Compared to other first-tier cities in China, Shenzhen’s air is practically pristine: in the first six months of this year, according to Guangdong Province’s Environmental Protection Bureau, only 3.3% of days failed to meet national air quality standards, compared to nearly 23% in nearby Guangzhou. (Meanwhile, Beijing saw only 55.9% “good air quality days.”)
Nonetheless, the Southern hardware hub is home to a new grassroots initiative, called Citizen Q, helping residents keep better track of the air quality around them.
Over the past couple of months, local hacker and self-dubbed “industry 4.0 artist” Rachel Hu has been leading workshops on assembling air pollution sensors from scratch. The design of the devices, which track the concentration of harmful PM2.5 and PM10 particles as well as temperature and humidity, is simple yet effective. PVC pipe segments and a clear plastic tube both protect and display parts: two sensors, a microcontroller, narrow tubing, cable, and wires.
Altogether, one environmental monitoring station comes to RMB 370, including the cost of optional hands-on modification.
That’s how I found myself sawing into a PVC pipe at a Sunday afternoon workshop in July, trying to create a hole large enough for a USB cord to pass through.
The building sessions feel almost improvised, reflecting the open-source philosophy that inspired Hu in the first place. After a brief introduction of each part, as well as how they all fit together, we proceed to build.
Almost immediately, though, we have a problem – the pins on a 3D-printed plastic part designed by Hu are a little too large, requiring a squeeze from a pair of pliers. Then we realize that there’s no opening for the USB charging cord. After cautious application of a drill in a nearby workshop causes one plastic tube to crack, Hu tries a saw with better results. I offer to help modify my own sensor; soon, white plastic shavings litter the floor.
The hands-on approach feels satisfying, and also yields results. Since the July workshop, Hu has modified the design of the 3D-printed part she created. She’s also found a safer, sturdier way to connect sensors and microcontroller, and is planning to add optional pollution sensors for those who’d like to upgrade their devices.
Over the next few months, Hu says, she might experiment with connecting stations to air filters, triggering them to start automatically whenever pollution measurements pass a certain threshold.it
From global to local
Although Hu is the first to bring them to China, the environmental station’s basic design, plus an online map that displays air quality data from devices around the world, comes from an open-source German project called Luftdaten.info. By adding her own improvements, however, Hu has turned Citizen Q into a homegrown phenomenon that’s gradually gaining traction.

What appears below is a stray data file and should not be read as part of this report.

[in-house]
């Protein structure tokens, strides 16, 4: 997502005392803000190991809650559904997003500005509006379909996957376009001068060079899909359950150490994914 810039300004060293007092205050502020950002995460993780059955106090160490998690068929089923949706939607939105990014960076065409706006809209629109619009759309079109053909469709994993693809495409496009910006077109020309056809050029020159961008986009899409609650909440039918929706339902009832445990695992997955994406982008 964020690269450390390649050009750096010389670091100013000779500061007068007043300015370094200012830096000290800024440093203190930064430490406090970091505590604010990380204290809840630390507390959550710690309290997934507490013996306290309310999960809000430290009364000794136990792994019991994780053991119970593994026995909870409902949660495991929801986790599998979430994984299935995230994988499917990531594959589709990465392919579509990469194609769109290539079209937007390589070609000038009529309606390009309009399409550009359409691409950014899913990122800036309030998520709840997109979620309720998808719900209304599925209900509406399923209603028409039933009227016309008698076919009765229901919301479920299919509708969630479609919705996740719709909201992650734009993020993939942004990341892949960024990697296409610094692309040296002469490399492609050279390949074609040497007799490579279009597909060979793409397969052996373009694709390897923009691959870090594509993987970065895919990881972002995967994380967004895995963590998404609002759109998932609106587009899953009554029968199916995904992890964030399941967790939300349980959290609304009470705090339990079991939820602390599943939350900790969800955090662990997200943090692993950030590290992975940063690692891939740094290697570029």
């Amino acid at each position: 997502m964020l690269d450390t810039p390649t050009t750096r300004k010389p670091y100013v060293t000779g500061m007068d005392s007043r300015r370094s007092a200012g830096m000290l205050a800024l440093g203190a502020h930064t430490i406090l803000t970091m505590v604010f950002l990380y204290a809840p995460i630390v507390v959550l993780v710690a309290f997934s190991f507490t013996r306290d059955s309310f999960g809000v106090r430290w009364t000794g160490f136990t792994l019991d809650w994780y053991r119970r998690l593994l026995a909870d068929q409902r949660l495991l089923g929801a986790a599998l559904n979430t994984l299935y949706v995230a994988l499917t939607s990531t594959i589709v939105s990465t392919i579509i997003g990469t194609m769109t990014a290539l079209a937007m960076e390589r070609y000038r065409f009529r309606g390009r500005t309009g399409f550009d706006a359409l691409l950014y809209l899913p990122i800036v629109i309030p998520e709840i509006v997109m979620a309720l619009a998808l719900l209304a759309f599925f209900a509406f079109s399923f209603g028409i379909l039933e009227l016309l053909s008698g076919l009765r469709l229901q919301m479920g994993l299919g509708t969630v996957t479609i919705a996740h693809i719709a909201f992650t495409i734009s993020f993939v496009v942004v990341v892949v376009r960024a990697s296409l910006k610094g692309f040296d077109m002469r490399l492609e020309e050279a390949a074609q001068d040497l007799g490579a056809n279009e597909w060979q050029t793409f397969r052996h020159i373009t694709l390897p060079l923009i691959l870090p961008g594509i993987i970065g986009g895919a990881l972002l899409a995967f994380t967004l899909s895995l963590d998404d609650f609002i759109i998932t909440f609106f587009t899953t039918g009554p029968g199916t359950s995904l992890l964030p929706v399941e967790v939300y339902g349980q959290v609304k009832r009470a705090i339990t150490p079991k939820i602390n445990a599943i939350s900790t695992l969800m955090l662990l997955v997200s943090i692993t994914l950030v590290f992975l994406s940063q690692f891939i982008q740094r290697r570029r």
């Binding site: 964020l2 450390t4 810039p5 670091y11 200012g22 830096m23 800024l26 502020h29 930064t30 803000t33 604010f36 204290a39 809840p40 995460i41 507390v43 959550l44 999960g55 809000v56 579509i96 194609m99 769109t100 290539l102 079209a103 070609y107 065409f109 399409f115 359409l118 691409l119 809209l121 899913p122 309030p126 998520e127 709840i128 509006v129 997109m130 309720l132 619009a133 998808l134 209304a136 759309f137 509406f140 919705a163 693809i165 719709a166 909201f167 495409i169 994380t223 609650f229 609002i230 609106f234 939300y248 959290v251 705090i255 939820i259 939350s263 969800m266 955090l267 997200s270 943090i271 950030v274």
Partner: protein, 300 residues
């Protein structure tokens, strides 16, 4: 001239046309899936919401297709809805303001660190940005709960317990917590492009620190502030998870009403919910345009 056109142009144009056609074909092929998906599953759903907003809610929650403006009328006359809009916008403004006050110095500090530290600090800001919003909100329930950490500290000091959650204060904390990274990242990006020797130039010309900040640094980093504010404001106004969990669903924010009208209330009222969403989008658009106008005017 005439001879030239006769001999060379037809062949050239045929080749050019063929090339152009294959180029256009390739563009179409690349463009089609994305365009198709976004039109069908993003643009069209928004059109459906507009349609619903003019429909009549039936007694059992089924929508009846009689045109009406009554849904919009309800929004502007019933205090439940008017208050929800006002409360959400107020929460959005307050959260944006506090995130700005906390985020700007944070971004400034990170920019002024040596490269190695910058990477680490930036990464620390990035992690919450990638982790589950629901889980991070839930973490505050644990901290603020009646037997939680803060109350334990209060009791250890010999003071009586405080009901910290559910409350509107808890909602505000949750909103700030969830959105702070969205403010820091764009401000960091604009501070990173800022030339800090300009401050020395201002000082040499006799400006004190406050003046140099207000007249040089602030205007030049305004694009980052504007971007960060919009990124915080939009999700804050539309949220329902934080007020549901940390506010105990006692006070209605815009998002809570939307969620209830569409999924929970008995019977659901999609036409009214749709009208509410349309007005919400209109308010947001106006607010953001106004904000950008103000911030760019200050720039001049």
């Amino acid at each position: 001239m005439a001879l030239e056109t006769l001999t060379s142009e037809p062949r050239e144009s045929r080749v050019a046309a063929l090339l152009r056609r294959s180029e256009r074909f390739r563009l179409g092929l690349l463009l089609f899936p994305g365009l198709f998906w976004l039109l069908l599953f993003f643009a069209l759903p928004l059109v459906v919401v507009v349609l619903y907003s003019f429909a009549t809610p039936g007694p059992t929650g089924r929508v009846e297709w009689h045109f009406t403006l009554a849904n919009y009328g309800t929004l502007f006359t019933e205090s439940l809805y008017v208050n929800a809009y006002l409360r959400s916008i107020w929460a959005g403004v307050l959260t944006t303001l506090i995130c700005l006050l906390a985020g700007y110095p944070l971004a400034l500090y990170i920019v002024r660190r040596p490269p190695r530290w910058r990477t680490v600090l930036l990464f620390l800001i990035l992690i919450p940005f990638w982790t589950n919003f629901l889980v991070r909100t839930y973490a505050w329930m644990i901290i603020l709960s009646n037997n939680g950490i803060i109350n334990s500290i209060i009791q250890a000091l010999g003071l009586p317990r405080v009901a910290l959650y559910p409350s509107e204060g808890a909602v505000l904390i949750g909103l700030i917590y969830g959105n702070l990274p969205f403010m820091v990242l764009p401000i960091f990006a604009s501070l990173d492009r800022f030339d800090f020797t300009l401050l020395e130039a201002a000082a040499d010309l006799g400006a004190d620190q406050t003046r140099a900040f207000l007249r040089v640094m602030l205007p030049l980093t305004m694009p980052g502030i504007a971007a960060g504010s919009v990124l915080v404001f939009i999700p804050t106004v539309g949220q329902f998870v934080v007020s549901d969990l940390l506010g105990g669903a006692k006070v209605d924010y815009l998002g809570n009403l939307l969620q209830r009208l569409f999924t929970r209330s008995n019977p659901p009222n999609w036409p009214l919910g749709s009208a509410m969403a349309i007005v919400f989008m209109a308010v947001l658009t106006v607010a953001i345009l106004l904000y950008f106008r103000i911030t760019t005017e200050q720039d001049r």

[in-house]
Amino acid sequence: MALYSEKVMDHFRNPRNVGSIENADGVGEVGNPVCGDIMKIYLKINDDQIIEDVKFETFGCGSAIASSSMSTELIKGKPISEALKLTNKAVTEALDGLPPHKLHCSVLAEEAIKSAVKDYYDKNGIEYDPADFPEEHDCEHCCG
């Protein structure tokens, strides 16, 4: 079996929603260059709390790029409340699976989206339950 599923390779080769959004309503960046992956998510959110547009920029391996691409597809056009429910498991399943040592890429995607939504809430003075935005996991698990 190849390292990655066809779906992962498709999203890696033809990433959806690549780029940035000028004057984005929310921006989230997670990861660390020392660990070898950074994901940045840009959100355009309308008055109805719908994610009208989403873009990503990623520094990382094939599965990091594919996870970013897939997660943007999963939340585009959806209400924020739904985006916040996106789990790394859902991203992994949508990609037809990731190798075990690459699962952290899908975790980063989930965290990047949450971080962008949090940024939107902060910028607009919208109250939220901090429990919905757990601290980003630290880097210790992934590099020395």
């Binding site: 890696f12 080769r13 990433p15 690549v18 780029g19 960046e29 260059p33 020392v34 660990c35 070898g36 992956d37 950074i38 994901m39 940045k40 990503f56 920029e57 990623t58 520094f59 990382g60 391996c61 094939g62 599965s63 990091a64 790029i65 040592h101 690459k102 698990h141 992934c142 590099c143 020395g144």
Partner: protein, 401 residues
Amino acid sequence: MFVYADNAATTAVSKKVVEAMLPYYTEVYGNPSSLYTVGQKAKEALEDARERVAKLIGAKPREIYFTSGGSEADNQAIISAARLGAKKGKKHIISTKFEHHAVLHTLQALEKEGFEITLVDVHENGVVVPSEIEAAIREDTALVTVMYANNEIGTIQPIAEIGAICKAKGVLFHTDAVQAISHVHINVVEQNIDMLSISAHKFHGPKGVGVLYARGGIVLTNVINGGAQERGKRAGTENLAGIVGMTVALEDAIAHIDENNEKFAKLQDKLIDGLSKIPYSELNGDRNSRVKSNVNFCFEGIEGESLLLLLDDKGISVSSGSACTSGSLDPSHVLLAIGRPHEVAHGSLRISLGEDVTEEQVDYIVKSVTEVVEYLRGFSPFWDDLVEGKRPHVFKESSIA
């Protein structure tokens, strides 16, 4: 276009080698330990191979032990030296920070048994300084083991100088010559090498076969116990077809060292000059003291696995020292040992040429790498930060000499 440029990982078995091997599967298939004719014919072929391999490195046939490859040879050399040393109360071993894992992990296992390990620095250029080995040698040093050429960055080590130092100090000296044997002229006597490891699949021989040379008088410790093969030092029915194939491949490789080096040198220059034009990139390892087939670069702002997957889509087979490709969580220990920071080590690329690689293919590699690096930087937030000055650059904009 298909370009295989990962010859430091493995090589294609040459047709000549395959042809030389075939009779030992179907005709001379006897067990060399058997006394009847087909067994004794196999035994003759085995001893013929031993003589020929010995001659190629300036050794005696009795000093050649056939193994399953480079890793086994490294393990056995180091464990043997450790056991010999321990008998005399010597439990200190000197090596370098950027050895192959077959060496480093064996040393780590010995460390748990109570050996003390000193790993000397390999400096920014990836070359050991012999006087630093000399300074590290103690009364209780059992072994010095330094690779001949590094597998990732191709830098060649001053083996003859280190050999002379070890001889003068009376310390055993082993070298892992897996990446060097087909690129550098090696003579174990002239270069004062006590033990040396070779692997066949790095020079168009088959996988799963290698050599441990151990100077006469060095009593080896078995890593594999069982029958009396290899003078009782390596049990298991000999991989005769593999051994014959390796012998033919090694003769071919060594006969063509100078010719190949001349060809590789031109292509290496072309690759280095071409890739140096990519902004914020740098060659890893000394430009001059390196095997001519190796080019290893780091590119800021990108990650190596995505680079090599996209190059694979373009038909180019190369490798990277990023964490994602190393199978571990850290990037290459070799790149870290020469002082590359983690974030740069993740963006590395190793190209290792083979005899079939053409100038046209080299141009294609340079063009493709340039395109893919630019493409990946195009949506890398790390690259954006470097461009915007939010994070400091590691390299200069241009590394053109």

In workshops held in Shenzhen and Hong Kong, she’s so far helped set up 20 or so devices, although only 4-6 users have chosen to report their results to the Luftdaten world map.
Still, the environmental station project has already surpassed her initial expectations.
“In the very beginning I just wanted to build one for myself,” Hu tells us. Then others started showing interest in customized air quality readings. “I still don’t know how far this is going to go, but more and more people are trying to help me, to my surprise.”
One of Hu’s supporters is Violet Su, community manager at Chaihuo Makerspace. They helped provide a venue and free promotion for a recent Citizen Q event.
While she doesn’t use air quality monitors herself, Su noticed interest in the idea among participants at an air filter workshop held earlier this year. She speculates that people might be drawn to the project because of the “very visual” way it collects and displays data.
The sensors also offer more specific data than most air pollution tracking apps, which typically average measurements from across cities and may rely on varying AQI standards. In a sense, the stations are the latest in a line of increasingly sophisticated (and attractive) smog masks, filters and other products still being snapped up by China’s urban dwellers, despite some improvements in air quality this past year.
To be clear, Citizen Q/Luftdaten sensors are not state-of-the-art. In their current iteration, they only measure PM2.5 and PM10 particles, leaving out other common AQI indexes such as ground-level ozone, carbon monoxide, sulfur dioxide, and nitrogen dioxide. According to Rajko Zschiegner of OK Lab Stuttgart, the group behind Luftdaten.info, stations have also been known to overestimate pollution levels in high humidity, although that “should be corrected with statistical models in the near future.”
Compared to the RMB 599 Kaiterra Laser Egg 2, an indoor PM2.5 sensor, the homemade station is a bargain and measures PM10 particles to boot. (A PM2.5 monitor from Xiaomi costs RMB 399.)
On a recent smoggy day in Shenzhen, the project offered a glimpse at conditions on the ground. Three small blips across the city reported results that, zoomed out, created an alarming reddish-orange blotch on the Luftdaten world map.
It’s an incomplete picture and a far cry from the thousands of sensors that already blanket western and northern Europe, but for Citizen Q, it’s a start.